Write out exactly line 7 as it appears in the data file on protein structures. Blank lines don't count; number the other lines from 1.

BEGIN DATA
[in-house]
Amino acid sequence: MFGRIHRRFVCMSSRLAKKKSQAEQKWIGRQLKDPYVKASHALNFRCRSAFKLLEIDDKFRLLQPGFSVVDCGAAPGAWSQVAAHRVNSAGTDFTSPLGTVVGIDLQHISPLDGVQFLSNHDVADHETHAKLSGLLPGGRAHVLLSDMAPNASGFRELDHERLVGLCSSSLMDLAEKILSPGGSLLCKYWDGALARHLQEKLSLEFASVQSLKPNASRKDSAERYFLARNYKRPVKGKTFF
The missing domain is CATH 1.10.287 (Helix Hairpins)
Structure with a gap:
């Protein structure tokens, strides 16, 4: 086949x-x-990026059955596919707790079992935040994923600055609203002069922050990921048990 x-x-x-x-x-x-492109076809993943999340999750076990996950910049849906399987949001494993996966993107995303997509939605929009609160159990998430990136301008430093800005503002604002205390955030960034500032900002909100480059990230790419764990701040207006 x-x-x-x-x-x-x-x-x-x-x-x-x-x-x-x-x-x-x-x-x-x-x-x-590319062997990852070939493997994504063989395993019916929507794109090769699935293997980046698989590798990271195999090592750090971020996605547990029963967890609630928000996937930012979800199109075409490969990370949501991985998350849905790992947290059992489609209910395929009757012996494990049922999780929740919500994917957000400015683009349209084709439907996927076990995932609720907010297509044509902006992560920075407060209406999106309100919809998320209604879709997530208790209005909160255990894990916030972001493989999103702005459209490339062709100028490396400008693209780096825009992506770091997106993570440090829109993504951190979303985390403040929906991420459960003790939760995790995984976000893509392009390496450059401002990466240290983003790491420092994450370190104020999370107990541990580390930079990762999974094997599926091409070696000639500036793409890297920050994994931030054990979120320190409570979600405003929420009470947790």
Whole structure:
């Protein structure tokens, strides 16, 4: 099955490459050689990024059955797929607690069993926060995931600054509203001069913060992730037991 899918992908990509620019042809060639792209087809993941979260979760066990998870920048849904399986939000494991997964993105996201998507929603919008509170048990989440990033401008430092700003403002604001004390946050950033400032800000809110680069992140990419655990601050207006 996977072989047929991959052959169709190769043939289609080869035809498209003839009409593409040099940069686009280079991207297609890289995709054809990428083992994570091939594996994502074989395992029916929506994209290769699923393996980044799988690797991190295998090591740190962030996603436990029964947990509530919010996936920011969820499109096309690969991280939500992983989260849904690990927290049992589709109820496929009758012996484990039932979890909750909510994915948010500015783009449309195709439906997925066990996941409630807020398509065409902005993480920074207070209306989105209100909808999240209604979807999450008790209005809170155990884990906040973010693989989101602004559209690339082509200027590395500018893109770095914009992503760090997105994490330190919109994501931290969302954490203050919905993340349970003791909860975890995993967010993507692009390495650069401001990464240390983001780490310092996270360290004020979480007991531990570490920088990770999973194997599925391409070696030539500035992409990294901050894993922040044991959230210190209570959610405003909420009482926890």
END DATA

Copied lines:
């Protein structure tokens, strides 16, 4: 099955490459050689990024059955797929607690069993926060995931600054509203001069913060992730037991 899918992908990509620019042809060639792209087809993941979260979760066990998870920048849904399986939000494991997964993105996201998507929603919008509170048990989440990033401008430092700003403002604001004390946050950033400032800000809110680069992140990419655990601050207006 996977072989047929991959052959169709190769043939289609080869035809498209003839009409593409040099940069686009280079991207297609890289995709054809990428083992994570091939594996994502074989395992029916929506994209290769699923393996980044799988690797991190295998090591740190962030996603436990029964947990509530919010996936920011969820499109096309690969991280939500992983989260849904690990927290049992589709109820496929009758012996484990039932979890909750909510994915948010500015783009449309195709439906997925066990996941409630807020398509065409902005993480920074207070209306989105209100909808999240209604979807999450008790209005809170155990884990906040973010693989989101602004559209690339082509200027590395500018893109770095914009992503760090997105994490330190919109994501931290969302954490203050919905993340349970003791909860975890995993967010993507692009390495650069401001990464240390983001780490310092996270360290004020979480007991531990570490920088990770999973194997599925391409070696030539500035992409990294901050894993922040044991959230210190209570959610405003909420009482926890």